Sunday, April 03, 2011

A pretty good day in Denton

Went up to little d with T. Horn and Matt Hickey to do a Hentai Improvising Orchestra recording for Michael Briggs' Violitionist Sessions, crate-dig at Recycled Books, and eat at Mr. Chopsticks (which came highly recommended by both Briggs and Frank Cervantez).

Had an extremely productive dig at Recycled. Unearthed a surprisingly clean original 1963 copy of Sonny Rollins' Our Man In Jazz, which I'd recently bitched was hard to find here, along with CD copies of Rollins' first LP as a leader, Worktime, and a Roland Kirk two-LPs-on-one-CD that included another album I've been hunting for lately, The Jaki Byard Experience (which I believe was the inspiration behind Jimi Hendrix' name change and band name).

Our Man in Jazz was Rollins' response to the arrival of Ornette Coleman while he was away practicing on the Brooklyn Bridge, and in typical style, he handled the new development differently than some of the other established jazzcats of the time. Mingus took his men to the Five Spot prepared to diss O.C. and wound up asking Eric Dolphy and Ted Curson if they could play like Ornette and Don Cherry. The result was Charles Mingus Presents Charles Mingus, a milestone in the titanic bassist's catalog. Coltrane went in the studio with Don Cherry, Charlie Haden, and Ed Blackwell to record a tentative-sounding session where they essayed some of Ornette's tunes. I suspect that The Avant-Garde (which I just bought Richard Hurley's extra copy of last week) remained unreleased until after Trane's death because he was unhappy with the results.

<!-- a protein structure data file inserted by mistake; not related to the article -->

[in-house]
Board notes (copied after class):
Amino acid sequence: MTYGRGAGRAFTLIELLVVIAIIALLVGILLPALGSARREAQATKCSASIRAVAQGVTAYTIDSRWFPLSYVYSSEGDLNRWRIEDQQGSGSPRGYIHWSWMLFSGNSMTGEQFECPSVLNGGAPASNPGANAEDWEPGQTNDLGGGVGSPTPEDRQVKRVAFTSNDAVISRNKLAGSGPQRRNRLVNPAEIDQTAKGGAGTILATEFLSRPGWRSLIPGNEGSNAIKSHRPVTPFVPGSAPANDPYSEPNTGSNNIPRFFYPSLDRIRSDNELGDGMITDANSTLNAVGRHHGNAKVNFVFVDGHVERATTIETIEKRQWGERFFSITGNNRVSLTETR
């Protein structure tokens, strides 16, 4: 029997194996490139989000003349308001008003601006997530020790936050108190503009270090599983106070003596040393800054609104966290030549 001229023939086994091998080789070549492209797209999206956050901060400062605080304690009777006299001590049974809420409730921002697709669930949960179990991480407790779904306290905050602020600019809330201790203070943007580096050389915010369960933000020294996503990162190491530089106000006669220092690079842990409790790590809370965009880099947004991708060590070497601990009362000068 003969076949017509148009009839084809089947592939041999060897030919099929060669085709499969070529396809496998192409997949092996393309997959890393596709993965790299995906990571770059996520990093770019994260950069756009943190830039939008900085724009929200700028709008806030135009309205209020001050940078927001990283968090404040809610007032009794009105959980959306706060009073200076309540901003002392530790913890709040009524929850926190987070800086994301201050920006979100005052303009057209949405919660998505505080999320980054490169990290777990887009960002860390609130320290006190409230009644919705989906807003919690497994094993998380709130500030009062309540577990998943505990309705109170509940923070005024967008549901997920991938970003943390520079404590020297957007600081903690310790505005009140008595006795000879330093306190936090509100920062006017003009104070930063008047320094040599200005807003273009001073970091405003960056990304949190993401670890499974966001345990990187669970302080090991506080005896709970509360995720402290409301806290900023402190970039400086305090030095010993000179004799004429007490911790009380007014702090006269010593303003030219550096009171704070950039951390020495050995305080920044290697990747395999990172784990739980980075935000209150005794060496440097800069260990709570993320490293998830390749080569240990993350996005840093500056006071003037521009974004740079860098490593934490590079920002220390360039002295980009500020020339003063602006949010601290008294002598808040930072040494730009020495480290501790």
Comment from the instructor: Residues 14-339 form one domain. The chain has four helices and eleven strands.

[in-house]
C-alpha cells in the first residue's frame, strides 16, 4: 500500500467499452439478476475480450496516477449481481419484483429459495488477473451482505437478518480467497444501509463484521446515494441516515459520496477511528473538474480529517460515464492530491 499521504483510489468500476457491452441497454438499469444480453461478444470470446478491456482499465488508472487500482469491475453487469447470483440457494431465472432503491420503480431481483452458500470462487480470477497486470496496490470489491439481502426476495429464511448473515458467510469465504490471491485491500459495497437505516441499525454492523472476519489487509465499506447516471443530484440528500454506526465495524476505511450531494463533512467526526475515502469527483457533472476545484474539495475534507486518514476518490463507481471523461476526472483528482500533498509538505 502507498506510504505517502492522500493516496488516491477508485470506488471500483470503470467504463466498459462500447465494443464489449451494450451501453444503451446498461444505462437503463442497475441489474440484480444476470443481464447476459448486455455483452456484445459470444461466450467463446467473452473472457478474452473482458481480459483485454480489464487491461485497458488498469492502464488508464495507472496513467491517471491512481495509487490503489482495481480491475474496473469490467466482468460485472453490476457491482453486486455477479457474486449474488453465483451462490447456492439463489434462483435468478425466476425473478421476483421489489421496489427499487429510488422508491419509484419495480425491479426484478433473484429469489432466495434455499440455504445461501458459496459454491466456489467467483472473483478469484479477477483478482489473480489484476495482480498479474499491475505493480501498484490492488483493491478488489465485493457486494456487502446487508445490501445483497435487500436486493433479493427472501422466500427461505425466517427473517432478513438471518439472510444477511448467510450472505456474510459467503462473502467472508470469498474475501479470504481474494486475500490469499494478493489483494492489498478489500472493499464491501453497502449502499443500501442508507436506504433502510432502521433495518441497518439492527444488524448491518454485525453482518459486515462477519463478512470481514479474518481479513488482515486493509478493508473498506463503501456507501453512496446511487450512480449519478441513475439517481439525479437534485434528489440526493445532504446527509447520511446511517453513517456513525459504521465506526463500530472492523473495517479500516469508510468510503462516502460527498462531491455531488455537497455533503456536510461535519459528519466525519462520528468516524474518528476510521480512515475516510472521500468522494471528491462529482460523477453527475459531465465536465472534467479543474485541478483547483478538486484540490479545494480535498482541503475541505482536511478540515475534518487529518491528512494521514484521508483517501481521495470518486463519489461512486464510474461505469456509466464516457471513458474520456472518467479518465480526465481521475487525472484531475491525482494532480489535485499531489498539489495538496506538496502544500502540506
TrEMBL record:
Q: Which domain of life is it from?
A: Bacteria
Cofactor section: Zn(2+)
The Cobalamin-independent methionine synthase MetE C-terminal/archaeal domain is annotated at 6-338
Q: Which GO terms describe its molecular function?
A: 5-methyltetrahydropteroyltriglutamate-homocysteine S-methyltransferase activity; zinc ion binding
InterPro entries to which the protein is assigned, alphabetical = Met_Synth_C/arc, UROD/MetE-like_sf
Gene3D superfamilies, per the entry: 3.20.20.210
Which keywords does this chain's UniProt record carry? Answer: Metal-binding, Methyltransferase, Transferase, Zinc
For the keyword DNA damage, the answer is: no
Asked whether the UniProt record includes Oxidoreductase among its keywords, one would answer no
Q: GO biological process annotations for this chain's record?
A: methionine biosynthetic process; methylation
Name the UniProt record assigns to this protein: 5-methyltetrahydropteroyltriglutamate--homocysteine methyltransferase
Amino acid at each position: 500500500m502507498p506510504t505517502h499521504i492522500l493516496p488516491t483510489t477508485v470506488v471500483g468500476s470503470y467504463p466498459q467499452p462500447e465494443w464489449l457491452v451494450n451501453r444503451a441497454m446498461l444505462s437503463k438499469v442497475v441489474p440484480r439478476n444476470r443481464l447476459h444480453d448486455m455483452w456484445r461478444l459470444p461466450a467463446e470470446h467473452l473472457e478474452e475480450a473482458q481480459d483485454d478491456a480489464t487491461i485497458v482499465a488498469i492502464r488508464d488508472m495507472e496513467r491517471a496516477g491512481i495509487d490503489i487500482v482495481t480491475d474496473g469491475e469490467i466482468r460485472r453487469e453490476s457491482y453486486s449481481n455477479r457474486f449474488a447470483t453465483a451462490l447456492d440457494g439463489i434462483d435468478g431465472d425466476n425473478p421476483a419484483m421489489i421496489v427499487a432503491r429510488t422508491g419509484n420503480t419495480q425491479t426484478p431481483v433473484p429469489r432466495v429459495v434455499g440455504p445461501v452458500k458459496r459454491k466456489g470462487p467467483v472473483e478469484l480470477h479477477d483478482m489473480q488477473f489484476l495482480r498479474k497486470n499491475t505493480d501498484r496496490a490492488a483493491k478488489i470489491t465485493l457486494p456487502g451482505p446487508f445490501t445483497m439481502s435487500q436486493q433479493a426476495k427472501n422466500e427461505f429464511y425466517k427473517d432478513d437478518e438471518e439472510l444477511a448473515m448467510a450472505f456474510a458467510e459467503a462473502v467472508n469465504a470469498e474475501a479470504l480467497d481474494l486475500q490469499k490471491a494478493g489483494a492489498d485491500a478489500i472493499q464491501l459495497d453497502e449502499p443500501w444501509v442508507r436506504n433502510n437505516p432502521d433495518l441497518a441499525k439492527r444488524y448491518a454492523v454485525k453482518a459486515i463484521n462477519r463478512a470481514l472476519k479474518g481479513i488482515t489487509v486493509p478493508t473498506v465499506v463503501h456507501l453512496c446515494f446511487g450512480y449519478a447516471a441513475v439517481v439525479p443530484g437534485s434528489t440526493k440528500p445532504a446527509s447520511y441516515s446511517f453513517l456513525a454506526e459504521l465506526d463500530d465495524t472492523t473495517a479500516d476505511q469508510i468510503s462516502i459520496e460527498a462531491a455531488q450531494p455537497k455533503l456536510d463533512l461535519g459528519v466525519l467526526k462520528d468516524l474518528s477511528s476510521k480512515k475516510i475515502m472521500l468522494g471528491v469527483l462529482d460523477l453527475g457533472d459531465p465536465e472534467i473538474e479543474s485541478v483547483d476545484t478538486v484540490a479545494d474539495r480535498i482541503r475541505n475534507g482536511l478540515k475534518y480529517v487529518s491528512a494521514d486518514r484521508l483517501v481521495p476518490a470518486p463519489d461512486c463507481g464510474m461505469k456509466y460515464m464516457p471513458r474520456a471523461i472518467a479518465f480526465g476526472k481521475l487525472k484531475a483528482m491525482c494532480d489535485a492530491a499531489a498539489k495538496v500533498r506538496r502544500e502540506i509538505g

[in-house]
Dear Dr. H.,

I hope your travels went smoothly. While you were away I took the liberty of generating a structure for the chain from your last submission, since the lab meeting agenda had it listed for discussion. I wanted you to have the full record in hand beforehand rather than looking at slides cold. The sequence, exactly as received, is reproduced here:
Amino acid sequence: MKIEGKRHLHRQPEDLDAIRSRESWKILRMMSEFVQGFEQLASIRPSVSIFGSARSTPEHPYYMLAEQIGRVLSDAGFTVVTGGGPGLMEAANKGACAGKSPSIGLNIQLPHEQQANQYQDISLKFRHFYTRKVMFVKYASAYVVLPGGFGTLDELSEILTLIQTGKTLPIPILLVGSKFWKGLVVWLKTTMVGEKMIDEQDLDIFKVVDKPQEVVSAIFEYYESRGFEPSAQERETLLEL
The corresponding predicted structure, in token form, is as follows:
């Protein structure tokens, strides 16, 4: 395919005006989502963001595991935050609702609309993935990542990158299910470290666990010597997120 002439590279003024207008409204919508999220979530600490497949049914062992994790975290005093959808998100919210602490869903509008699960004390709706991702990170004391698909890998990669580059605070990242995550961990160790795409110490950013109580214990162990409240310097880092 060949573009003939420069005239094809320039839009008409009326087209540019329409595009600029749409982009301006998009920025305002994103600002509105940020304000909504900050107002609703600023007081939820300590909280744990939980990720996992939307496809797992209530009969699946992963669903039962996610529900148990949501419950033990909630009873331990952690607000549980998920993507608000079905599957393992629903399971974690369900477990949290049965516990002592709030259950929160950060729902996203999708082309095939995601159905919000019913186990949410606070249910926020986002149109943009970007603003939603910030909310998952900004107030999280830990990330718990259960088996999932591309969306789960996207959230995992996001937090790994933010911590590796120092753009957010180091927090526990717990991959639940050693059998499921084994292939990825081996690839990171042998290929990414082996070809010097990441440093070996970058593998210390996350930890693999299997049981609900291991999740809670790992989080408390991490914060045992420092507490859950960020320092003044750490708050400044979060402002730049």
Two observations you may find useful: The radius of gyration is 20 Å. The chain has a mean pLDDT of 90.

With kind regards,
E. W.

Rollins, on the other hand, just hired Don Cherry and Billy Higgins, said "Fuck the dumb shit, you guys are gonna play _my_ music _your_ way," and booked some dates at the Village Gate that were recorded for Our Man In Jazz. Sonny's theme-and-variations approach was a better match for the Colemanites' freewheeling style of play than Coltrane's obsessive and exhaustive scale-running. The album's highlight is a 25-minute version of Rollins' classic "Oleo" on which the head is barely referred to (did Don know it, one wonders?) before they take off on a series of improvisational gambits, culminating in a slow blues. Throughout, they straddle the line between post-bop and free in a way that Rollins would continue to attempt until 1987's G-Man. I think Our Man In Jazz is my favorite Rollins disc after Worktime and the '57 Village Vanguard sessions.